How smart-slash-dumb were the Neanderthals, our hulking, hirsute cousins? The common view used to be that they were fairly stupid. Then it became the prevalent view in scientific circles that the Neanderthal had been done a grave injustice and that they were far smarter and more cultured than previously believed. But here is a new piece of evidence that maybe they weren’t so smart after all. It had previously been believed that they had mastered Bachokirian tool use some 44,000 to 46,000 years ago. (“Bachokirian” signs of culture and ingenuity are named after the cave wherein they were found, Bacho Kiro in Bulgaria; items from the cave include bone and stone tools and pendants made from the teeth of cave bears.) Not so fast, says a tooth that was recently discovered. That tooth came from us, from Homo sapiens, and it proves that Homo sapiens arrived in Europe some 8000 years earlier than previously believed. Having Homo sapiens around that early suggests that the Neanderthal didn’t invent Bachokirian tools after all. They learned how to make them and use them from the Homo sapiens. Monkey see, monkey do.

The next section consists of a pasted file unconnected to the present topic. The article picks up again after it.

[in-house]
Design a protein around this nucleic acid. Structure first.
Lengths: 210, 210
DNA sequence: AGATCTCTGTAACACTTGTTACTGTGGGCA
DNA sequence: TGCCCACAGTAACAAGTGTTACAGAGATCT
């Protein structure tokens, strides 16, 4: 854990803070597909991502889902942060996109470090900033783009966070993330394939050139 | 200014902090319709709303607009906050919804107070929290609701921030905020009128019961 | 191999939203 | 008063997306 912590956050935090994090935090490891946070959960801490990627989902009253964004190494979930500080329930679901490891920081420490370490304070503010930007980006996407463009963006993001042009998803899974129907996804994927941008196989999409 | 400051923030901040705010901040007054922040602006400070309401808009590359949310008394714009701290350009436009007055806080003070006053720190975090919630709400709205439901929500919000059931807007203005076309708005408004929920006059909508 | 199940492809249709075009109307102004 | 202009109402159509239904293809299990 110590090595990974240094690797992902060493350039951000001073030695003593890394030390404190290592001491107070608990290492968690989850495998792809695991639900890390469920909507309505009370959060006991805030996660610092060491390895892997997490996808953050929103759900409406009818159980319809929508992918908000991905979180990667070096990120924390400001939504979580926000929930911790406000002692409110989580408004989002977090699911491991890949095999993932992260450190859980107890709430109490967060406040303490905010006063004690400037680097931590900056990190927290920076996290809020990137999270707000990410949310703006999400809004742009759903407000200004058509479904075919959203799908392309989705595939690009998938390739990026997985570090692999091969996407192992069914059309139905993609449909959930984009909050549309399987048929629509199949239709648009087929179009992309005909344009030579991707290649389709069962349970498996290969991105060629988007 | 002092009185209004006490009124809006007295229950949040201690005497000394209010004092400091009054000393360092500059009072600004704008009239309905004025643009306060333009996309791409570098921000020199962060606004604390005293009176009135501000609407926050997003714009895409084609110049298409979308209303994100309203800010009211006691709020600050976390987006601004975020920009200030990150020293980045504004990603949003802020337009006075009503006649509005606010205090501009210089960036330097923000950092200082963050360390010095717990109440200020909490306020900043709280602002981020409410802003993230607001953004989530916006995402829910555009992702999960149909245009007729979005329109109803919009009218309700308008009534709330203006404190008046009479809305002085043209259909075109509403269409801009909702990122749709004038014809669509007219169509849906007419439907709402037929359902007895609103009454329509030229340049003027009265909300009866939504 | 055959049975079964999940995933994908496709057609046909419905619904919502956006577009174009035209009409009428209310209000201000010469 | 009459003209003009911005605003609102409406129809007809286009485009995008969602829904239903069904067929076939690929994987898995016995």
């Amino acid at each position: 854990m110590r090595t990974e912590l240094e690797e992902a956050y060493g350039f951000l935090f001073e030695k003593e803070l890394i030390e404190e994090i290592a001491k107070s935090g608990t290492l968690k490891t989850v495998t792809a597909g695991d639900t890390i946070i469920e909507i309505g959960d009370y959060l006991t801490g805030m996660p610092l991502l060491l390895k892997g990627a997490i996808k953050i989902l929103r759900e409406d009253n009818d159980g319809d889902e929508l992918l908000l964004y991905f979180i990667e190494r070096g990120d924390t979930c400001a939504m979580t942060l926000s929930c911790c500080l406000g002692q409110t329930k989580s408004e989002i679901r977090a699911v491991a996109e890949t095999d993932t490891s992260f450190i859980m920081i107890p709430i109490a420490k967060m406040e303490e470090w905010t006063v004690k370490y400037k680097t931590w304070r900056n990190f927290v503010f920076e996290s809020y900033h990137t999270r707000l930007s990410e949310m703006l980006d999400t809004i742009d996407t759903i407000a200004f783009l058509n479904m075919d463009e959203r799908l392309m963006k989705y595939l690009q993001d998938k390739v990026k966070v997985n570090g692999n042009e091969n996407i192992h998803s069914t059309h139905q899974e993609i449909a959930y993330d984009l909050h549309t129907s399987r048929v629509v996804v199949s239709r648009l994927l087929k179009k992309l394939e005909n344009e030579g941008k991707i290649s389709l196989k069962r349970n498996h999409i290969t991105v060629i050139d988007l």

This also means that we—modern humans—and Neanderthals were living together in Europe for 8000 years longer than previously thought. What were they doing for all those years?